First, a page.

RODANTHE, N.C. — Officials with Cape Hatteras National Seashore said two oceanfront houses in Rodanthe, N.C. collapsed into the water on Tuesday.
No one was inside the first home, located at 24235 Ocean Drive, when it fell into the water. National Park Service officials said they would be working closely with the homeowner to coordinate cleanup activities.
The second house to collapse was at 24265 Ocean Dr. Nobody was in that home, either.
The Cape Hatteras National Seashore shared a video on Facebook of the second home falling into the waves.
Officials said people should use caution on the beach and in the ocean along Hatteras Island as debris is being spread widely.
The beach was closed along all of Ocean Drive in Rodanthe to protect people from hazards associated with the homes, and because there are other houses that could collapse.
Shortly before 1:30 p.m., a spokesman for the Seashore said law enforcement would close down Ocean Drive.
Back in February, another house on Ocean Drive collapsed, which resulted in debris in the Atlantic Ocean and along the sand.
“Unfortunately, there may be more houses that collapse onto Seashore beaches in the near future,” said David Hallac, superintendent, National Parks of Eastern North Carolina. “We proactively reached out to homeowners along Ocean Drive in Rodanthe after the first house collapse and recommended that actions be taken to prevent collapse and impacts to Cape Hatteras National Seashore.”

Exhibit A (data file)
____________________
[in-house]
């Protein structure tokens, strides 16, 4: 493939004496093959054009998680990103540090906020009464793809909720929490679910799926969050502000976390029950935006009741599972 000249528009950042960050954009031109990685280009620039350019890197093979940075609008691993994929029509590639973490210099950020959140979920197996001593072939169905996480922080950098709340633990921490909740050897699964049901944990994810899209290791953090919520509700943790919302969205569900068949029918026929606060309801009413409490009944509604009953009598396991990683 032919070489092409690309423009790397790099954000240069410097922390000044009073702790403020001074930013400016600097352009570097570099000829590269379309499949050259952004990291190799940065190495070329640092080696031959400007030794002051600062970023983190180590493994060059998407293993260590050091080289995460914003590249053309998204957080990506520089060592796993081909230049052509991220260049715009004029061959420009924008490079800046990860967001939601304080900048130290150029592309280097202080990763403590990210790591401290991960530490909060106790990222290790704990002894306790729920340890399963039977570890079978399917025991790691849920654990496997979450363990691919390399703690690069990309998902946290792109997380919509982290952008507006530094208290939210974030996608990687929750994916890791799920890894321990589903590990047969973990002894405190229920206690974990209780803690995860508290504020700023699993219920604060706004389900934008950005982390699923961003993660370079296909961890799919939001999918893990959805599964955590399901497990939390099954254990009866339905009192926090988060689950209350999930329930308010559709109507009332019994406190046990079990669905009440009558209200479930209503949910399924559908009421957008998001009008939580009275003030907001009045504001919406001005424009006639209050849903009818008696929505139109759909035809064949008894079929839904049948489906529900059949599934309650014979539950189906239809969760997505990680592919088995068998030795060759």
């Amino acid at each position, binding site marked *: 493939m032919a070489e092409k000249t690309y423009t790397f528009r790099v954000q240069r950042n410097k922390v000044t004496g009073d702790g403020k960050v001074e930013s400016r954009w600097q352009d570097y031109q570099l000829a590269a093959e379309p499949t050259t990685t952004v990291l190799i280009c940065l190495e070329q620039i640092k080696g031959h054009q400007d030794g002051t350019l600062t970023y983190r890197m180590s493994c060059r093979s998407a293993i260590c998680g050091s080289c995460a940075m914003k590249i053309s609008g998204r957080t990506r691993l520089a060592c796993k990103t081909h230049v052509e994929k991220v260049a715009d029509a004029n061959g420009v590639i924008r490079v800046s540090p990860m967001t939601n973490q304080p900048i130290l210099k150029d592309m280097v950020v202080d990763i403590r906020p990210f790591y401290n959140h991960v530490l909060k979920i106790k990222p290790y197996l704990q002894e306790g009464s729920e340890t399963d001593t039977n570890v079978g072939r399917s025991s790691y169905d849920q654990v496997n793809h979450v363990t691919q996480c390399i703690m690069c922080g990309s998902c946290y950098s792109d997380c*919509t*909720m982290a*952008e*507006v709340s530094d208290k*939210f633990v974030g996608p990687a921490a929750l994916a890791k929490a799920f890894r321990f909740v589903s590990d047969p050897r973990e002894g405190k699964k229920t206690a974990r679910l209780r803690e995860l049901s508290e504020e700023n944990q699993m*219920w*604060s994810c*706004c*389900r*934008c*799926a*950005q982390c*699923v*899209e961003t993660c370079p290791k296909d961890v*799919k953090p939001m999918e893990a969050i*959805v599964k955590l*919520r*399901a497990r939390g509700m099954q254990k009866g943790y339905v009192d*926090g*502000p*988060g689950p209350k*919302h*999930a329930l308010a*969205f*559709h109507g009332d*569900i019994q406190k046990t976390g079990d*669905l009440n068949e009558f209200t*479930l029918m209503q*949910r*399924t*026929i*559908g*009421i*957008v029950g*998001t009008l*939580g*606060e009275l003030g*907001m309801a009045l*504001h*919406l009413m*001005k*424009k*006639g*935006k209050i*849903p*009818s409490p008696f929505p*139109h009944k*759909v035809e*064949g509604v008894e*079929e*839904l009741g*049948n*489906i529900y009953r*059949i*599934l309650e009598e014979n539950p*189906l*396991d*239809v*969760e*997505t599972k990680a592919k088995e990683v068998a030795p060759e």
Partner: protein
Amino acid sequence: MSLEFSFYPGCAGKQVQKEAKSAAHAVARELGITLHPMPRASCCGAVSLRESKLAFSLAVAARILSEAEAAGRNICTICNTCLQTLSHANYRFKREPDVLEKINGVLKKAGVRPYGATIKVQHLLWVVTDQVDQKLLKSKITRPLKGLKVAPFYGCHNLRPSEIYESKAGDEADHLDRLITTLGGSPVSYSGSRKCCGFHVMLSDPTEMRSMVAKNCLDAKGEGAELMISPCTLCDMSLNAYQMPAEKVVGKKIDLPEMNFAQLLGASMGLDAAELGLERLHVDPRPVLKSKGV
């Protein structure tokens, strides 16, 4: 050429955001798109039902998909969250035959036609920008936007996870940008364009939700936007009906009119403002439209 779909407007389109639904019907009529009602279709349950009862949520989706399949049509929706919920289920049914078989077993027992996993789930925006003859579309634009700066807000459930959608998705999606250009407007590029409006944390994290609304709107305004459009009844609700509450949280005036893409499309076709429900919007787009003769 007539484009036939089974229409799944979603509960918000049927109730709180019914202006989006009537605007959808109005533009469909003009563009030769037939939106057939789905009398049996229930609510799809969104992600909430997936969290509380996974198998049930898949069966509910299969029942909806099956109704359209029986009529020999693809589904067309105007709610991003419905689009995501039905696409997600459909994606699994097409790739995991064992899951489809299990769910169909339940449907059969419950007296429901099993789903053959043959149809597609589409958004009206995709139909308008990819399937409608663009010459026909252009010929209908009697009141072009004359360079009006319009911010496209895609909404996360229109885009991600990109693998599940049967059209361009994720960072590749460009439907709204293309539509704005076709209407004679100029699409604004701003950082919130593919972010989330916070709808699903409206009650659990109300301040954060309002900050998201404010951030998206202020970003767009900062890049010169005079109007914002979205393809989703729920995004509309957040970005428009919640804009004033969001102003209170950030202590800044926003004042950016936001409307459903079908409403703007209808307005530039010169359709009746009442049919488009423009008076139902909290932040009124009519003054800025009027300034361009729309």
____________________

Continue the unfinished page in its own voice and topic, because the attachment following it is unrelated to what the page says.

In addition to the home collapses, strong winds and tidal flooding also shut down the Marc Basnight Bridge early Tuesday morning.
The North Carolina Department of Transportation showed pictures of flooding and overwash near the Pea Island Visitor Center as well as in areas in Buxton and North Hatteras Village.
A family visiting from Pennsylvania said they had to change their vacation plans.
“We wanted to go see the Hatteras Lighthouse and this kind of sucks," said Kelsey Jordan.
George Schaff and his family came from Minnesota. They got close to the bridge and couldn't believe the rough and strong winds taking place in the area.
“Every day has been like a windstorm like this. You keep waiting for the wind to break and it doesn’t seem to get any better," said Schaff.
Cape Hatteras National Seashore officials said they will soon work with the people who own the collapsed homes and start the cleanup process.
Due to the flooding and overwash, leaders with Dare County Schools say Cape Hatteras Elementary and Secondary Schools worked virtually on Tuesday.
NCDOT explained on their Facebook page that Tuesday's afternoon high tide worsened the conditions along N.C. 12 and the road will remain closed on Wednesday.